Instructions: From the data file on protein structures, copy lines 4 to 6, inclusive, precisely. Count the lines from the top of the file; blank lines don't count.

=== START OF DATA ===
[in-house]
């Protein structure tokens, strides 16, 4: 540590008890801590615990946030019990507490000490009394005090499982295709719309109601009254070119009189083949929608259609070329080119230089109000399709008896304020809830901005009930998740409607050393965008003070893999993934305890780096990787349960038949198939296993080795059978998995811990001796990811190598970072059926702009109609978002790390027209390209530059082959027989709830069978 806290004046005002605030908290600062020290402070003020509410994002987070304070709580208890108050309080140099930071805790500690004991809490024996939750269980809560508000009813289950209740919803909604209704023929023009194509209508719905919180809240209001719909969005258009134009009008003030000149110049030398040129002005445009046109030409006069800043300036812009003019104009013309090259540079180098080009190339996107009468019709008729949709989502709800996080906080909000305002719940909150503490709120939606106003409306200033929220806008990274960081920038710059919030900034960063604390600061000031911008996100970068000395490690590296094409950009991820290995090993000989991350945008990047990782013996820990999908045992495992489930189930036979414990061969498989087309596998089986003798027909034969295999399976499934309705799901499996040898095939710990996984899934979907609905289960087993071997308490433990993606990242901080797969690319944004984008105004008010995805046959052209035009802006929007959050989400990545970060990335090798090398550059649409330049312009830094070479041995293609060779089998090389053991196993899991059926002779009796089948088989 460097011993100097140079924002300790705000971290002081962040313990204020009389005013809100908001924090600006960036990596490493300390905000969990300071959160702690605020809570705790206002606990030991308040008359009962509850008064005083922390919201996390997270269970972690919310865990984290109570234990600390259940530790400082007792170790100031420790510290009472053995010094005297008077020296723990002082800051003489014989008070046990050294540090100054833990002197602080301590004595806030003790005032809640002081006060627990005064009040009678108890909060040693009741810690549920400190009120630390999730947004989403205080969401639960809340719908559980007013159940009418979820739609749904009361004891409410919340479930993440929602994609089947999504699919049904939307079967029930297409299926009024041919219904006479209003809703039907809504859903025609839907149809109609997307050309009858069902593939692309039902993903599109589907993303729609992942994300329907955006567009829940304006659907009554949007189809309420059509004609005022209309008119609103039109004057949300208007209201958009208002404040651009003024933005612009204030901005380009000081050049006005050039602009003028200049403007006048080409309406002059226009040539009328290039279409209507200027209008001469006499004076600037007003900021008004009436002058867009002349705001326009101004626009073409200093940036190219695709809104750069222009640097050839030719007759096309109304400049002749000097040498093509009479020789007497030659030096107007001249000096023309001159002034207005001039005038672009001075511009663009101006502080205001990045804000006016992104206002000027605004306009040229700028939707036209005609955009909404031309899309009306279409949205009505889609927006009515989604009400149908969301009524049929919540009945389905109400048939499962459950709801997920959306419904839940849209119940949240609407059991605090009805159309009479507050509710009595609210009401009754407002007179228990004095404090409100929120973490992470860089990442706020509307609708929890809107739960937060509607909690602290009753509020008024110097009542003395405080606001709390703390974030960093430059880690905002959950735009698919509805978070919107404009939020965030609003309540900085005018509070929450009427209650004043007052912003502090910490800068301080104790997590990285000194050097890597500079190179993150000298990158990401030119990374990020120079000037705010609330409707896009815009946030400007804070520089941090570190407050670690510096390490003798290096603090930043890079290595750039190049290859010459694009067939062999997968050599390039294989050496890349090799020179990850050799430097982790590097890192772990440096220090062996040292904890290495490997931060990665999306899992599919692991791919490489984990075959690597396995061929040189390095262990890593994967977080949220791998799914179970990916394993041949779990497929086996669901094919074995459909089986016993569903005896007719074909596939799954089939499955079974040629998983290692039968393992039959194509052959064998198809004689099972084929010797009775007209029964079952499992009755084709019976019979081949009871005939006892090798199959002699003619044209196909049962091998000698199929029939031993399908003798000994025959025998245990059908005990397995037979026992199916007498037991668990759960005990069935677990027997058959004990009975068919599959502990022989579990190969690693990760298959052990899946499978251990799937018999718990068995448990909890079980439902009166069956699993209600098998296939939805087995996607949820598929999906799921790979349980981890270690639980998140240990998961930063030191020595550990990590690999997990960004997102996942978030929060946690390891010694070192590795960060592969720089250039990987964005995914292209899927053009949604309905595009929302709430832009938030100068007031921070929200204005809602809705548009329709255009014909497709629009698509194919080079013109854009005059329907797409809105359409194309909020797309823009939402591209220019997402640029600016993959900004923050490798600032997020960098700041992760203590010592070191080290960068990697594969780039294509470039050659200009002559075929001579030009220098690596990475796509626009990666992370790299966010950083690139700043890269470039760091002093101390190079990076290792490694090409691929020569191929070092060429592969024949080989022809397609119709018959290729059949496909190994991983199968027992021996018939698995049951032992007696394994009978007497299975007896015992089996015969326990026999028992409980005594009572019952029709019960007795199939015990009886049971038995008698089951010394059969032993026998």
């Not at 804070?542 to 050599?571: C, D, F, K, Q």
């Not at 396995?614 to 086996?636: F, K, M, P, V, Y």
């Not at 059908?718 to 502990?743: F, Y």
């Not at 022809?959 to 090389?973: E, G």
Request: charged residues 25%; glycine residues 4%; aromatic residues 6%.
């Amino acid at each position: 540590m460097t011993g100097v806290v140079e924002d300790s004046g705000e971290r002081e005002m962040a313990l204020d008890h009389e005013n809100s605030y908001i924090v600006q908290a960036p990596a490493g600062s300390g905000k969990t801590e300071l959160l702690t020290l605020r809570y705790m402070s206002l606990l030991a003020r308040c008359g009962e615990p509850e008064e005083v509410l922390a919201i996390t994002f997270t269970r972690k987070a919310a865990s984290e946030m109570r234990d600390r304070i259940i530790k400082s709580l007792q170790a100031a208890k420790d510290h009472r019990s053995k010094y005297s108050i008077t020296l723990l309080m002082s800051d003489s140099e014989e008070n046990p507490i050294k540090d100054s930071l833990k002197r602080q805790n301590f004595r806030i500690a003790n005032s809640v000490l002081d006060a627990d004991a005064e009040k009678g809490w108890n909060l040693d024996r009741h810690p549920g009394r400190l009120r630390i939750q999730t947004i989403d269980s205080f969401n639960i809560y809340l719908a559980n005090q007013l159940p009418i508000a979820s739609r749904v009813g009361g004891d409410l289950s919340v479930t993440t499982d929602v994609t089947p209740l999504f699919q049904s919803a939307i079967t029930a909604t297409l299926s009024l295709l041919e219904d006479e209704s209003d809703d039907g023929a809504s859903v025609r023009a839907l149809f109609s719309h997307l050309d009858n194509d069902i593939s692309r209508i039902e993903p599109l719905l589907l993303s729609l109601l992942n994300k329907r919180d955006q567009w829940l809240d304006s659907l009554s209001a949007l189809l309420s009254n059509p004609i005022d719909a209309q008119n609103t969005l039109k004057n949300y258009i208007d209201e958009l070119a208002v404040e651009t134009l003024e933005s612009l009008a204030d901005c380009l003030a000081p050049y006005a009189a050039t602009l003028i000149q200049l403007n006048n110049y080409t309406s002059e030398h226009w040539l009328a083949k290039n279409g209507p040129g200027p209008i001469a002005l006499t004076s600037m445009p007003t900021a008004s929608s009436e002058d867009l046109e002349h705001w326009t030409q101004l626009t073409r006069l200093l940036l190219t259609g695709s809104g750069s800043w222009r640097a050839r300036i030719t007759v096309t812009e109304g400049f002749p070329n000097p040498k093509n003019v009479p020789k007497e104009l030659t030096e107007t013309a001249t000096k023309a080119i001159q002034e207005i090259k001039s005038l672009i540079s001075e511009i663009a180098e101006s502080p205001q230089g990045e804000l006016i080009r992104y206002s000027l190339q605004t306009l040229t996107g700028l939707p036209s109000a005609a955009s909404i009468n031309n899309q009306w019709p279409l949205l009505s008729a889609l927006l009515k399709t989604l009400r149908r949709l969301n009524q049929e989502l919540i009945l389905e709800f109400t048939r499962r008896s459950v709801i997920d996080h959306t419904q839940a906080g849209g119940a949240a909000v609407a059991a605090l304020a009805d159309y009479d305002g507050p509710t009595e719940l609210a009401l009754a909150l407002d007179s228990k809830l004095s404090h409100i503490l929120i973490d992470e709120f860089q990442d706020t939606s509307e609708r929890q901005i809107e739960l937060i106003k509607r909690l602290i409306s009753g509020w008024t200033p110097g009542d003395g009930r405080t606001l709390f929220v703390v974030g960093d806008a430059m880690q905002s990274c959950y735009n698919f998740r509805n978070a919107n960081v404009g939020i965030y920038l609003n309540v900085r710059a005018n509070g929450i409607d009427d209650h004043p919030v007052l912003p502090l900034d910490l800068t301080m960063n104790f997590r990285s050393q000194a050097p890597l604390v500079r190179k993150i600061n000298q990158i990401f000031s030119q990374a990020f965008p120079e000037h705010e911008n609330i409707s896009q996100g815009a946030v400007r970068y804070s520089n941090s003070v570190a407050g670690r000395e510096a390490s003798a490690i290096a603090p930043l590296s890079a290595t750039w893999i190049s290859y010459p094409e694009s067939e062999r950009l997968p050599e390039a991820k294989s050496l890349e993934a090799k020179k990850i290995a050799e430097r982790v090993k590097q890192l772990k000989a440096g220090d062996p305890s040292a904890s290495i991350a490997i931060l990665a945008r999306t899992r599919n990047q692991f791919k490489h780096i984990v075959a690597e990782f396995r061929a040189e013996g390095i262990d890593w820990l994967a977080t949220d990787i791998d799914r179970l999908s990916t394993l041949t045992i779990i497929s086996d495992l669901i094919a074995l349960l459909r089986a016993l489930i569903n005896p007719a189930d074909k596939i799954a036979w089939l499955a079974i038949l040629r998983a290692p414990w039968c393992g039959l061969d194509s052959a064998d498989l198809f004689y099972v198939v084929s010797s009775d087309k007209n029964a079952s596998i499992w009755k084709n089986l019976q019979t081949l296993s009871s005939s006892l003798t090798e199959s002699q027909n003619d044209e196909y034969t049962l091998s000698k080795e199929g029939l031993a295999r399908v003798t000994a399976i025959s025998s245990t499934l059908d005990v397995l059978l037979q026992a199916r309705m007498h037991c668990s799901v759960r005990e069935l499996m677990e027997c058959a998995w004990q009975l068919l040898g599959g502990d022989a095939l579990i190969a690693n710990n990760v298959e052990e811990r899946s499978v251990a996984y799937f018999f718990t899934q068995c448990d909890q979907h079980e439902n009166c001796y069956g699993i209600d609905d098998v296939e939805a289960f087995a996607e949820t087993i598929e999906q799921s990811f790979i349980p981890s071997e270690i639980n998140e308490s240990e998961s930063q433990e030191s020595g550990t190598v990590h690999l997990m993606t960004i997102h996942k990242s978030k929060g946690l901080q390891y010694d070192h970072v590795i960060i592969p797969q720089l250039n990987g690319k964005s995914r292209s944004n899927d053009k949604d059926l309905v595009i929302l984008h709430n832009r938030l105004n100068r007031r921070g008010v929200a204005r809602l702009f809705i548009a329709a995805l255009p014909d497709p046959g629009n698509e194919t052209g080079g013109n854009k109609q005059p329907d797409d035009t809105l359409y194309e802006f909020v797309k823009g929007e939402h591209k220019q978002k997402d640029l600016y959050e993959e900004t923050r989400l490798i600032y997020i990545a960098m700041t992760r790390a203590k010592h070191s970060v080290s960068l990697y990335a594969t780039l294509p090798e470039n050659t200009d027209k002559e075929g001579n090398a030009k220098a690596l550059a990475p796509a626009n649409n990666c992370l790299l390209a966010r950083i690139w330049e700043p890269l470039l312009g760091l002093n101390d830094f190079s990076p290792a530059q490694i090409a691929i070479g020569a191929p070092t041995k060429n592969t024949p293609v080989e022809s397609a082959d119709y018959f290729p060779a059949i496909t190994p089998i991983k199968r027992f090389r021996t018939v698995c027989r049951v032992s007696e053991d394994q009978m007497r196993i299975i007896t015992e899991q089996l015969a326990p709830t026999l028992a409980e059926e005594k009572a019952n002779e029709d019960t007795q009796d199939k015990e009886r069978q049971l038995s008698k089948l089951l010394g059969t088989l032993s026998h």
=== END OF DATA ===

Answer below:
């Not at 396995?614 to 086996?636: F, K, M, P, V, Y």
């Not at 059908?718 to 502990?743: F, Y």
């Not at 022809?959 to 090389?973: E, G």